I also had my own grandfather in mind; he was a cowboy in Montana, but was completely unlike Calvin Sidey. He was a gentle, kind man and would have chuckled at the notion of his being an iconic American figure. He thought the best part of his life was when he gave up the cowboy life and became a homesteader.
As Good as Gone is as much a family saga as anything else, isn’t it?
Yes, I very much think of it as a generational family novel. I tried building parallels into the characters. Besides exploring Calvin’s experiences, we have episodes of Bill Sidey as a boy; some of Will’s; others of Bill’s wife Margery as a teen-ager; and Calvin’s granddaughter Ann’s. I wanted to describe the struggles of a family showing how the different generations are reflected in those challenges.
As Good As Gone is populated by a diverse cast of characters, each with a distinct voice. What thoughts do you have about character and voice?
I don’t much analyze it. I just hope if I have a sure enough sense of the character, his or her personality will emerge in the writing. One of the problems I had in the early drafts was with the internal perceptions of Calvin Sidey. I didn’t yet have his voice. I’m not quite sure what happened, but I finally felt I knew him well enough to offer his take on the world. Maybe I just got older. [Laughter].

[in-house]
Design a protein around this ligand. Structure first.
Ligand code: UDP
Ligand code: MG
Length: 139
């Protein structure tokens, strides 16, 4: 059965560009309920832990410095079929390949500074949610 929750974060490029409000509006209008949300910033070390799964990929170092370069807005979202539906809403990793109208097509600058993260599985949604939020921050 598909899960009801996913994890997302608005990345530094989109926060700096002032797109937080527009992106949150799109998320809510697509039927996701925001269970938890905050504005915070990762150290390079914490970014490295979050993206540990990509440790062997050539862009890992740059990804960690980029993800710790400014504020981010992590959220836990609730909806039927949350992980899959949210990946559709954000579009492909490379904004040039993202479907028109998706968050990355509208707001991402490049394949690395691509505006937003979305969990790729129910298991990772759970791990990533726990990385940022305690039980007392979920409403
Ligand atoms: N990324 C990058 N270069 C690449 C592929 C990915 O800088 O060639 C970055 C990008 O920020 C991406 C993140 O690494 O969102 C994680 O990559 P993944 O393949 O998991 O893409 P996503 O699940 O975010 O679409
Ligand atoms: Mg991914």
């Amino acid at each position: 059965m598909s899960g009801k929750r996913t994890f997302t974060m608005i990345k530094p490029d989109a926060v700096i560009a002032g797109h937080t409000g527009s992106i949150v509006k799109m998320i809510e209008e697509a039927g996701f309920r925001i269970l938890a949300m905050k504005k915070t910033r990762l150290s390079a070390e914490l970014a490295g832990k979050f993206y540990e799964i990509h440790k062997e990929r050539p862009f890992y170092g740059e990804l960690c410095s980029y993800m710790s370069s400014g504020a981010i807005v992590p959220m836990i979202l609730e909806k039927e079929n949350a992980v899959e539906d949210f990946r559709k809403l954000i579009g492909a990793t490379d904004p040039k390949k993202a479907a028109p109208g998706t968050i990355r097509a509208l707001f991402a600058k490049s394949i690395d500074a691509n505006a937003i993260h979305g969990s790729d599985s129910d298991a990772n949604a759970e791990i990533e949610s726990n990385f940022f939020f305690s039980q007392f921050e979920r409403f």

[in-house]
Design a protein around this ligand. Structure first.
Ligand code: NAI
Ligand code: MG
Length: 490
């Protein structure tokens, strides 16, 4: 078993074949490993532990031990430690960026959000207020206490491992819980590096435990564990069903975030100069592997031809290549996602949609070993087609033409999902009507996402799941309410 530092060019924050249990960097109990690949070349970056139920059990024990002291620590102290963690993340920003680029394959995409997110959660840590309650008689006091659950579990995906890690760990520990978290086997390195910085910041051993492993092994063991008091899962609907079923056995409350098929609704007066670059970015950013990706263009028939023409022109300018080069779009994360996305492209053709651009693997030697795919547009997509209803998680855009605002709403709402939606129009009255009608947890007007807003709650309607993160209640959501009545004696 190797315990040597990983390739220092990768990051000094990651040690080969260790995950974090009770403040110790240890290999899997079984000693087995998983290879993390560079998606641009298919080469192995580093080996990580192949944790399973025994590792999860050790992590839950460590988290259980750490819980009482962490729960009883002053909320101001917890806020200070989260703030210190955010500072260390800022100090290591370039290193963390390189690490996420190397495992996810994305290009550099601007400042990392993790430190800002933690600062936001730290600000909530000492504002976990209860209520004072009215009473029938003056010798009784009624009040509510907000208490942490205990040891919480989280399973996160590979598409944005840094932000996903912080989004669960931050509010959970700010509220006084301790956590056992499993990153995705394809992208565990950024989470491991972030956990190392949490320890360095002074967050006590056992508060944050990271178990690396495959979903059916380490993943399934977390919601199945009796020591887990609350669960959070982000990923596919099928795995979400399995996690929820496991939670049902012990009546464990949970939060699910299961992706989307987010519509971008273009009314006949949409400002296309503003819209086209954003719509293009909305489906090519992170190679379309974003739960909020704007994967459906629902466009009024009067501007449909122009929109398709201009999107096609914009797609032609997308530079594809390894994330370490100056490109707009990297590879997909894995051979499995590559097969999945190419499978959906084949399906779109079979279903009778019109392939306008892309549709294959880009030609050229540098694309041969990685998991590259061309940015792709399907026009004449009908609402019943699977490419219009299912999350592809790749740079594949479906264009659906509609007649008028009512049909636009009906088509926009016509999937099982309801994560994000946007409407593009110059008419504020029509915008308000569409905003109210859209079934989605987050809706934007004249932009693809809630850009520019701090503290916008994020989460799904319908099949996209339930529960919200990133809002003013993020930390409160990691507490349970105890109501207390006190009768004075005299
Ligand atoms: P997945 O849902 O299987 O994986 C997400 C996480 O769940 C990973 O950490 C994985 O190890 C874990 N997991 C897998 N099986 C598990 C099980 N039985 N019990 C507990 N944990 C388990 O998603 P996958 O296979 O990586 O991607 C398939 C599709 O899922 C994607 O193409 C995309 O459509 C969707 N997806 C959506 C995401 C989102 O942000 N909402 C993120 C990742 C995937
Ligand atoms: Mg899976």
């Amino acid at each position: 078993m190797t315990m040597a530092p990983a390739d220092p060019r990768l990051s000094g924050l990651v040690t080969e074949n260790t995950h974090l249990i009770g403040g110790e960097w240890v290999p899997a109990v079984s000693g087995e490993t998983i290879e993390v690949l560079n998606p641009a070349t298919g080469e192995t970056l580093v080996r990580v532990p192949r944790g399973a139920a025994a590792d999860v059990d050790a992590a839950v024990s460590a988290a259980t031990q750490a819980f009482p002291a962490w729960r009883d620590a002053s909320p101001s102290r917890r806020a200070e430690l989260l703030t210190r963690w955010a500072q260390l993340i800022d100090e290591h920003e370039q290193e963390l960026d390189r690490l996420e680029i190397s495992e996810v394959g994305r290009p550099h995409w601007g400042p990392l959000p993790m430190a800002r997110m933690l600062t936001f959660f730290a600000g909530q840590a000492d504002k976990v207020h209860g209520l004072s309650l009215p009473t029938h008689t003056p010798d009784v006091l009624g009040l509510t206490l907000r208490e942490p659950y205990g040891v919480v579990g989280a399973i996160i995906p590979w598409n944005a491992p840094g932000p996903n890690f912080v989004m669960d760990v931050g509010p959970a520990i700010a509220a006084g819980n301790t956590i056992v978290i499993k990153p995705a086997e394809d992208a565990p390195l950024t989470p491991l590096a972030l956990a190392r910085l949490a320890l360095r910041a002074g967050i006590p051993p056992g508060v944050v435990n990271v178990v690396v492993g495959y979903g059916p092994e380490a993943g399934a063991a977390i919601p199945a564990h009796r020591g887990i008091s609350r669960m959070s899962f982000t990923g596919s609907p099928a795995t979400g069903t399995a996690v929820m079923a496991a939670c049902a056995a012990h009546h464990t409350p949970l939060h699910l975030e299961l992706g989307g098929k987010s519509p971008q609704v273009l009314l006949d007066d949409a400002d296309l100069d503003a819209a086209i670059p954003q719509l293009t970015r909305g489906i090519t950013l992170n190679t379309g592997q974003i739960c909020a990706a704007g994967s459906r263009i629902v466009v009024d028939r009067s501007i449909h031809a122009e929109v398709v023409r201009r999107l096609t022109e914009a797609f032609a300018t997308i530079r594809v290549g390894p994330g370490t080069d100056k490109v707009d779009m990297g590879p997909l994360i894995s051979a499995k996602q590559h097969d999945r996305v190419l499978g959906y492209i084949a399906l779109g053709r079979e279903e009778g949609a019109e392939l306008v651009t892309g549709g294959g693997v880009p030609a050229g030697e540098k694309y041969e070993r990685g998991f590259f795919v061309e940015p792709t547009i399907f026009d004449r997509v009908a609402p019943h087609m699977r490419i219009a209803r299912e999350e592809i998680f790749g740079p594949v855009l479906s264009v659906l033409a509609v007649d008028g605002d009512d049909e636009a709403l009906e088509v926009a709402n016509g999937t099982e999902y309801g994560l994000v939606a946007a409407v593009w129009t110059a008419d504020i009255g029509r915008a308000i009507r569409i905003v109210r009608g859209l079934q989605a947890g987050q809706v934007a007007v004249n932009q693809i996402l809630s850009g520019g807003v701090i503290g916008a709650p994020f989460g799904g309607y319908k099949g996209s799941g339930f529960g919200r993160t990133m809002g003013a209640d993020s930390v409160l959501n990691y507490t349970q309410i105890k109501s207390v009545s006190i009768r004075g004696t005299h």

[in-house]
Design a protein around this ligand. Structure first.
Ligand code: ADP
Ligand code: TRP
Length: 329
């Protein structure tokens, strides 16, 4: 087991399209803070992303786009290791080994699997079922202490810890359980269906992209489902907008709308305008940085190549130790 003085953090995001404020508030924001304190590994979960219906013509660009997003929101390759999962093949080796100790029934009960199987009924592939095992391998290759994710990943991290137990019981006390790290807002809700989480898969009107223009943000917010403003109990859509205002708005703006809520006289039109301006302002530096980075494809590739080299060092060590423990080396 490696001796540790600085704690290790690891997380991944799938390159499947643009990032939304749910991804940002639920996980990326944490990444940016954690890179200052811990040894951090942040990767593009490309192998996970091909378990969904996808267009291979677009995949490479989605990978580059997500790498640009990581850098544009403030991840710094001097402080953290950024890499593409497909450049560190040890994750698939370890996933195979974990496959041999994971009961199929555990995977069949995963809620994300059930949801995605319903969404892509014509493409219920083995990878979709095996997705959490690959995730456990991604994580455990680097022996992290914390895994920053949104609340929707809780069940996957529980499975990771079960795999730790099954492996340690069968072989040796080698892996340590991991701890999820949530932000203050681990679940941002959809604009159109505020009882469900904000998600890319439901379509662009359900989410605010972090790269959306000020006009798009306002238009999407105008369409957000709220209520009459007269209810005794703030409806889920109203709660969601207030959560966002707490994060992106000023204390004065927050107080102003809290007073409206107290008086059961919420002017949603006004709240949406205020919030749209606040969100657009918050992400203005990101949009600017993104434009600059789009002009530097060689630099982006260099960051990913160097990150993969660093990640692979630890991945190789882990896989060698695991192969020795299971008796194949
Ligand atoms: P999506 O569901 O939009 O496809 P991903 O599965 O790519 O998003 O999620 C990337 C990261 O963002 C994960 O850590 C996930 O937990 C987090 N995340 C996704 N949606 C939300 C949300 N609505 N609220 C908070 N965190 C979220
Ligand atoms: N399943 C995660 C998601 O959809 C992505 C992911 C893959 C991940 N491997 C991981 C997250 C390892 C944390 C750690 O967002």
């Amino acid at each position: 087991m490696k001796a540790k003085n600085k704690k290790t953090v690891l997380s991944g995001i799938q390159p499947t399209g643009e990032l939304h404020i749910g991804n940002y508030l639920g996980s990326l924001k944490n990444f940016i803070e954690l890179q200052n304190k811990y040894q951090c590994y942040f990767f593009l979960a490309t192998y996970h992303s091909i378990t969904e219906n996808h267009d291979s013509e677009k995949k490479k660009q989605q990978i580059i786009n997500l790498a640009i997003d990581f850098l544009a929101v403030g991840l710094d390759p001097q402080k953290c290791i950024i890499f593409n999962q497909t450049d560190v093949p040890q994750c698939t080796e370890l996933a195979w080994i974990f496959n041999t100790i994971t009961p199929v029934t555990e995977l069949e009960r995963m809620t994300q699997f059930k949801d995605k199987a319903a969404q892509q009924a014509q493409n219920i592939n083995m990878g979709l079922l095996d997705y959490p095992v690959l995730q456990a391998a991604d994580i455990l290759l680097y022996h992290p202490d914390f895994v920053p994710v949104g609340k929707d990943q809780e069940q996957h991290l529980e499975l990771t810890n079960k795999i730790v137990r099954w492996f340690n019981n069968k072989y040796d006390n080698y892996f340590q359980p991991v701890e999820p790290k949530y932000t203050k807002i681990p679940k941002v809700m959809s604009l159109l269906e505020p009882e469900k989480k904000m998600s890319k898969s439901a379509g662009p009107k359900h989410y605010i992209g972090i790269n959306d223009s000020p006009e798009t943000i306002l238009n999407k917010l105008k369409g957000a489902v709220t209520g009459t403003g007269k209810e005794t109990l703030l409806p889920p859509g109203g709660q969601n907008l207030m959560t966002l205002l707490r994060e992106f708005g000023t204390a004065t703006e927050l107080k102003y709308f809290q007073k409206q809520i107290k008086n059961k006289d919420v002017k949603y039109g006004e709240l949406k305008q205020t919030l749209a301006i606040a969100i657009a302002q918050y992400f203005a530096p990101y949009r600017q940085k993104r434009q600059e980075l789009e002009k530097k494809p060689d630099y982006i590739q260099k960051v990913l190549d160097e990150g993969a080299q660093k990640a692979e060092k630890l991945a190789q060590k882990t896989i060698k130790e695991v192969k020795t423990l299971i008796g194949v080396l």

Speaking of character in As Good as Gone, you beautifully capture the thoughts and feelings of an eleven-year-old boy. Tell us about that.
I may be older and mature, but I can still feel an eleven-year-old boy inside me. Maybe it takes remembering an event from my own life, but I can certainly go back to the experiences and mindset of an eleven-year-old.
I was impressed by how well As Good as Gone describes the small elements of everyday life—the feel of sun on one’s neck, the taste of river water, the smell of mildewed sheets. Tell us about that.
You’ve mentioned different sensory experiences. I do remind myself as I’m writing to include not just visual perceptions, but auditory, olfactory and skin sensations. I think of those things as the kinds of details that help shore up the reader’s belief in what’s happening, and it helps readers experience for themselves whatever is going on. I want them to identify with the experience.
Your prose is spare yet powerful, and reminiscent of Hemingway’s. Who are your literary heroes?
You just named one: Hemingway. I’m re-reading Hemingway over the summer because I’m teaching a course in fiction. Hemingway was one of the first good writers I discovered on my own; that is to say, I wasn’t assigned a Hemingway novel. I recognized how good he was. His short stories inspired me and made me want to try writing.